Giving people a sense of belonging, no matter their circumstances and personal history – this is a big part of helping addicts and alcoholics get back on their feet.
And “belonging matters” is the theme of a Richmond festival to celebrate recovery kicking off this Sunday at noon at Minoru Park.
Vince Bulteel, who is in recovery from drug and alcohol abuse, is one of the speakers at the second annual Richmond Recovery Fest.
Bulteel credits an understanding nurse at the Richmond Hospital in February 2017 for taking the time to listen to him, to make eye contact with him and to connect him with an outreach worker for helping him get back on his feet.
Two and a half years ago, Bulteel was living on the street, sometimes just sleeping on a piece of cardboard, with substance use taking him down a dark path.
He said so many times he was in the hospital for drug and alcohol related issues and he just felt talked down to, staff would roll their eyes at him and he would think “what’s the point?” often leaving the hospital abruptly.
But when the nurse at Richmond Hospital took time to sit down and ask him what was going on, she gained his trust and he broke down and started to talk about his life and the situation he had ended up in, without his family and on the street.
“She actually sat there and she maintained eye contact with me,” Bulteel said.
The nurse connected him with an emergency response team. From there, he was connected with an outreach worker from Turning Point and he was able to start on his road to recovery.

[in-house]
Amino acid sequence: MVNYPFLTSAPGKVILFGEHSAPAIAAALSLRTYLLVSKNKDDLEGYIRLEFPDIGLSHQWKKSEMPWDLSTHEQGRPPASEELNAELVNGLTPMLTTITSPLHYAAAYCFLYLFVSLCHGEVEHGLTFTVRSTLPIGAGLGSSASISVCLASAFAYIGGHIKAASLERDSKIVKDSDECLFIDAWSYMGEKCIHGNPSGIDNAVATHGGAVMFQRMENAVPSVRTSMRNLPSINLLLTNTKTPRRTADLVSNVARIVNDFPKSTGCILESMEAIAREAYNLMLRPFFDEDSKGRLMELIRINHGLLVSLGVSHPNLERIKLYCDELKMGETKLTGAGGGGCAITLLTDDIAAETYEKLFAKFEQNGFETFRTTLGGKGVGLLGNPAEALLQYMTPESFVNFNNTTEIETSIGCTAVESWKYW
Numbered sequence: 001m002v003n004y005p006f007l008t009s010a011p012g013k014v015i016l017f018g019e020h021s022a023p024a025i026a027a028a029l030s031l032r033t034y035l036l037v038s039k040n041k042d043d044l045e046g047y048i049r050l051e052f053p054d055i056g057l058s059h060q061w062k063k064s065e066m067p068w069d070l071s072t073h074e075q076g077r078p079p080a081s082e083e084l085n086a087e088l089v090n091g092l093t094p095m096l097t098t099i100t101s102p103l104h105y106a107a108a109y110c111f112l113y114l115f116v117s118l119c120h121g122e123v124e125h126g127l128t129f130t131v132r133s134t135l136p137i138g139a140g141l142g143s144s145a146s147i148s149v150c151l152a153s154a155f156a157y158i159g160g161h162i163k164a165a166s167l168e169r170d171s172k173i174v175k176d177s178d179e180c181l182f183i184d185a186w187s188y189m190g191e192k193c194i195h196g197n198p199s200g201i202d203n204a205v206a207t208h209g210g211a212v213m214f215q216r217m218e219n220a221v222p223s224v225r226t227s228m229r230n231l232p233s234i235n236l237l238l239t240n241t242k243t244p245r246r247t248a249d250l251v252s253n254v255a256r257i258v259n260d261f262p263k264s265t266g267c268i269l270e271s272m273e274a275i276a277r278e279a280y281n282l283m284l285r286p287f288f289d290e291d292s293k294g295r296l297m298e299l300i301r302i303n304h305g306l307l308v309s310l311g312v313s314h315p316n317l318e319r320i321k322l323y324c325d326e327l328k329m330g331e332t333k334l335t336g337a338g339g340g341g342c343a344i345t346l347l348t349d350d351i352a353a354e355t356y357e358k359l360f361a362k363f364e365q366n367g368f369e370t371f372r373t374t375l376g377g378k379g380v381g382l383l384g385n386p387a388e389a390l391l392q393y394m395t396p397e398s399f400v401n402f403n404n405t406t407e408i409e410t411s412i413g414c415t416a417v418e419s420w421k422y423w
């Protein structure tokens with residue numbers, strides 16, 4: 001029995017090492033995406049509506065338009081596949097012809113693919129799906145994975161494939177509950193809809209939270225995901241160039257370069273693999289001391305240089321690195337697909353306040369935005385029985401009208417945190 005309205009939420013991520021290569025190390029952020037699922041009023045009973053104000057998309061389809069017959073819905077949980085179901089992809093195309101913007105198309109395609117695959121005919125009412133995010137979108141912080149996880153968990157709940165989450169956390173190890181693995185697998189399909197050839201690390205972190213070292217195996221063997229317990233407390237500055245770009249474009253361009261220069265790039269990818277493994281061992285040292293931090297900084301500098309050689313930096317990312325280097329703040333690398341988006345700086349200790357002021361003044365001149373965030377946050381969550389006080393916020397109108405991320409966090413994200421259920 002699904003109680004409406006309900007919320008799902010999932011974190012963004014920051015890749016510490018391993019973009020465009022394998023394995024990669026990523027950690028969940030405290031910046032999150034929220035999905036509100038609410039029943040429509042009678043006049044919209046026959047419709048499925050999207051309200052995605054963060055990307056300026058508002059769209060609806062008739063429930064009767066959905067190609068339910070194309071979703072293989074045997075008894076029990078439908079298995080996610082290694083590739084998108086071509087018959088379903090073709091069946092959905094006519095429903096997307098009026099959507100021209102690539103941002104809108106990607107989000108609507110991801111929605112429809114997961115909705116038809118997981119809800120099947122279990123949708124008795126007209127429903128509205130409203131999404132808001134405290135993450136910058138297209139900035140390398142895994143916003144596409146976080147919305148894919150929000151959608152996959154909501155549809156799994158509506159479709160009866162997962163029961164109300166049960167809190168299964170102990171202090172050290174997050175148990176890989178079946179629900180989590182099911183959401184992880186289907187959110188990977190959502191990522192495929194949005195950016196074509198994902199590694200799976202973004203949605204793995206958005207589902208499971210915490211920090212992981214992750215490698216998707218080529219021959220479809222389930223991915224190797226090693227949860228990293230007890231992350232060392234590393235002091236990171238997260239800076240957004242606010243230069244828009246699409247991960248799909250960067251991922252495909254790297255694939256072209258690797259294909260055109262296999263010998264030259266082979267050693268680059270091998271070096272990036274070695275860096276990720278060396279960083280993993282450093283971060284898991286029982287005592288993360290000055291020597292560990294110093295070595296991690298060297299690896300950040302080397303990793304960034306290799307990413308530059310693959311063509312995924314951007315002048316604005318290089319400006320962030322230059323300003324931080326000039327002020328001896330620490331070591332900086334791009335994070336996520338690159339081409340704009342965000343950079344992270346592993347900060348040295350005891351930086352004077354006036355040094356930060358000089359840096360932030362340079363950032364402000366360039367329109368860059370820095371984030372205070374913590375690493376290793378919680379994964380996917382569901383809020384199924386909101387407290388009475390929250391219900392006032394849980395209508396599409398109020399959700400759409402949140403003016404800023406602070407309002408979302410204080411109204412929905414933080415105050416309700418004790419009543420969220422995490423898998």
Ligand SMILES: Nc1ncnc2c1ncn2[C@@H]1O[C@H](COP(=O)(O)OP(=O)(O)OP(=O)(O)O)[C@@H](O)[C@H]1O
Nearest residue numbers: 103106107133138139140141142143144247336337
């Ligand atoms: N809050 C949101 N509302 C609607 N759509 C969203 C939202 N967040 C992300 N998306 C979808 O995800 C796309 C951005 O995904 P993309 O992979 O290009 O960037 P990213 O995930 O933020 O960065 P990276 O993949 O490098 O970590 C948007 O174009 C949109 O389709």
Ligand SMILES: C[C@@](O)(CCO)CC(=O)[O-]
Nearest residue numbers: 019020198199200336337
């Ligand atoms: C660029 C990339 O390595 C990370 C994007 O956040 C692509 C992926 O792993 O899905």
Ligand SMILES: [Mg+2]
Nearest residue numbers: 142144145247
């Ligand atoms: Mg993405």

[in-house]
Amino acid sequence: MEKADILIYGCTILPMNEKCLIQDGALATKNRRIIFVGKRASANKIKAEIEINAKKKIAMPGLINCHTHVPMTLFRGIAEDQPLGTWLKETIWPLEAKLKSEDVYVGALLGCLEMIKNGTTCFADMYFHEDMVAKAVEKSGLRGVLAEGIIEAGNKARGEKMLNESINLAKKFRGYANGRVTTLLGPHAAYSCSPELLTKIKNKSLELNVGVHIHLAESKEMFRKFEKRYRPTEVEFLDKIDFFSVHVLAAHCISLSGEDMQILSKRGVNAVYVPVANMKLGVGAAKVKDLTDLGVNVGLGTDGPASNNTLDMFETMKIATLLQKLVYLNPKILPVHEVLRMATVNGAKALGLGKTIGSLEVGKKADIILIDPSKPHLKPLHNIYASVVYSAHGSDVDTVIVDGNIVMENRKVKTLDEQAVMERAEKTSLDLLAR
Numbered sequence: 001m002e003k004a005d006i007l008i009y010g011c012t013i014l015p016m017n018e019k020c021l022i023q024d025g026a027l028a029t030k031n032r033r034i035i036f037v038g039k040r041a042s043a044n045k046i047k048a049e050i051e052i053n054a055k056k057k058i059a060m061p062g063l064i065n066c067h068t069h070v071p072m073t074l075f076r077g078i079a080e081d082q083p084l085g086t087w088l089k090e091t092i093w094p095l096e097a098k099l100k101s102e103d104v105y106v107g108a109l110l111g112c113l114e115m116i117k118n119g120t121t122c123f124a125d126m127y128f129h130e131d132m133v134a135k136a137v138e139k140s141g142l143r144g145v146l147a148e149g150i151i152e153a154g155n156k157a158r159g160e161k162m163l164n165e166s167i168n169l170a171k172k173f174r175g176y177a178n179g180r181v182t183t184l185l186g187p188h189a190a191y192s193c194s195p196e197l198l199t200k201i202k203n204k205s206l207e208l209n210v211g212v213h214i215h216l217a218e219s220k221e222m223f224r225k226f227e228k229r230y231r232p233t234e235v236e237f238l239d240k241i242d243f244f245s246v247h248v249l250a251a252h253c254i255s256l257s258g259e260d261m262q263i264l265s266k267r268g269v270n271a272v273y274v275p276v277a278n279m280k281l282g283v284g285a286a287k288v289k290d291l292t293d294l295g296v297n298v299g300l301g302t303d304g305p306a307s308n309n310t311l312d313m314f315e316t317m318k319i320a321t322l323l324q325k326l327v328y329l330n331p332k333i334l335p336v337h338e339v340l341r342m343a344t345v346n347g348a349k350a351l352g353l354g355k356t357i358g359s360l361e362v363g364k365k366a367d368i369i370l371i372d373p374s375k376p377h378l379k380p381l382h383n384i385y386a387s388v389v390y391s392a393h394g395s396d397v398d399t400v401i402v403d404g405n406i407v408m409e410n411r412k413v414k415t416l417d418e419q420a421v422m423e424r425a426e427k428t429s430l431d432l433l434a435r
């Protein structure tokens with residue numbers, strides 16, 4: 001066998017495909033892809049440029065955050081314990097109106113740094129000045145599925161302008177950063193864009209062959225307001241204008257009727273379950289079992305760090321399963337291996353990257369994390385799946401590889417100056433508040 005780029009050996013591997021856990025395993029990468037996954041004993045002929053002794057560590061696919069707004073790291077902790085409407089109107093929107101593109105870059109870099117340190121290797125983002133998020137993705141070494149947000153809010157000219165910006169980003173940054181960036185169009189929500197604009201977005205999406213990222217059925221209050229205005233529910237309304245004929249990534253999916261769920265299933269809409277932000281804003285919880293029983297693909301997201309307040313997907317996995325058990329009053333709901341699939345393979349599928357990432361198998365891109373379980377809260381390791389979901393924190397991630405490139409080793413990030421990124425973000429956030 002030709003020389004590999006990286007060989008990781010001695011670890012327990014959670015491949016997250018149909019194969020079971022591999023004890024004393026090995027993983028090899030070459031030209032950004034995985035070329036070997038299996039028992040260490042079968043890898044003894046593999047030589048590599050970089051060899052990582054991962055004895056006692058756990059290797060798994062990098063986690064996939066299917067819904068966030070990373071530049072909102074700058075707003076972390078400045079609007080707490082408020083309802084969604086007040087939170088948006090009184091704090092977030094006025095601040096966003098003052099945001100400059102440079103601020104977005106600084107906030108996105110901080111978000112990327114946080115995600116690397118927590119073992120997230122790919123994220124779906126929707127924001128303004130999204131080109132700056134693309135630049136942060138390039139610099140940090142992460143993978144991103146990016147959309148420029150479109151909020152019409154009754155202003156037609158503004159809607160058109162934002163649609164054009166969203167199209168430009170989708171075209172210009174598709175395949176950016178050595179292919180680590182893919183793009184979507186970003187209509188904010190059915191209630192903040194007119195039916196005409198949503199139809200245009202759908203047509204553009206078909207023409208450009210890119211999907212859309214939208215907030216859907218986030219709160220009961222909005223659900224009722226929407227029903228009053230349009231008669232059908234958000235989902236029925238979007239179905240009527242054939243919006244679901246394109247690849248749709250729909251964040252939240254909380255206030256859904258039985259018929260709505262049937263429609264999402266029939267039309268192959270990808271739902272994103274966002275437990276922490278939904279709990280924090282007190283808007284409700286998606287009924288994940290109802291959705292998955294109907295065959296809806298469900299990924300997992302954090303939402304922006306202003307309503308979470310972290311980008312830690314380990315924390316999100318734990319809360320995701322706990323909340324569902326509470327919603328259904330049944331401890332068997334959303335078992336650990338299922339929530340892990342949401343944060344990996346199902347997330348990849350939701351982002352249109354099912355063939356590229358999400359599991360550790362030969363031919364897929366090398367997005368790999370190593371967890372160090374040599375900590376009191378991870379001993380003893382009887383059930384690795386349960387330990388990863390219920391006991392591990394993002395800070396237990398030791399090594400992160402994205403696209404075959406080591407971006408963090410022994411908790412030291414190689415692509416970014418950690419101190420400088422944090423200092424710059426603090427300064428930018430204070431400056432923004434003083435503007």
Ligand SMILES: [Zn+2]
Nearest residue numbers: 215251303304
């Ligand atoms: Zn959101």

Today, Bulteel is clean and sober, living in Steveston where he grew up. He spends a lot of time talking with health-care workers, police and other emergency personnel, including ER nurses, about how a non-judgmental attitude can go a long way to help an addict become clean.
His feedback is part of the Richmond Community Action Team’s “Belonging Matters” project, sponsored by the City of Richmond and Vancouver Coastal Health, to educate health-care workers on how to best connect with addicts and alcoholics.
He tells health-care workers that, while they have a lot of equipment to check for medical conditions, they don’t have any piece of equipment to know what’s going through someone’s mind.
Bulteel works hard at his recovery, with a daily routine and staying busy, but part of it is connecting with other through recovery meetings. He attends many kinds of meetings, including Narcotics Anonymous, Alcoholics Anonymous, SMART meeetings, and he immediately feels at home in any of them.
“I can go sit in any of those meetings and right away I feel comfortable enough to share my story because everyone’s been where I’ve been; it’s the sense of community (that) is the biggest part of recovery,” Bulteel said. “That sense of belonging, where you feel safe, able to tell your story, there’s no shame or judgment attached to anything.”
Bulteel will speak on Sunday at Richmond Recovery Fest, and he’ll be joined by Judy Darcy, Minister of Mental Health and Addictions as well as Richmond Mayor Malcolm Brodie.
The second annual Richmond Recovery Fest takes place at Minoru Park, in front of the library and cultural centre from noon to 4 p.m.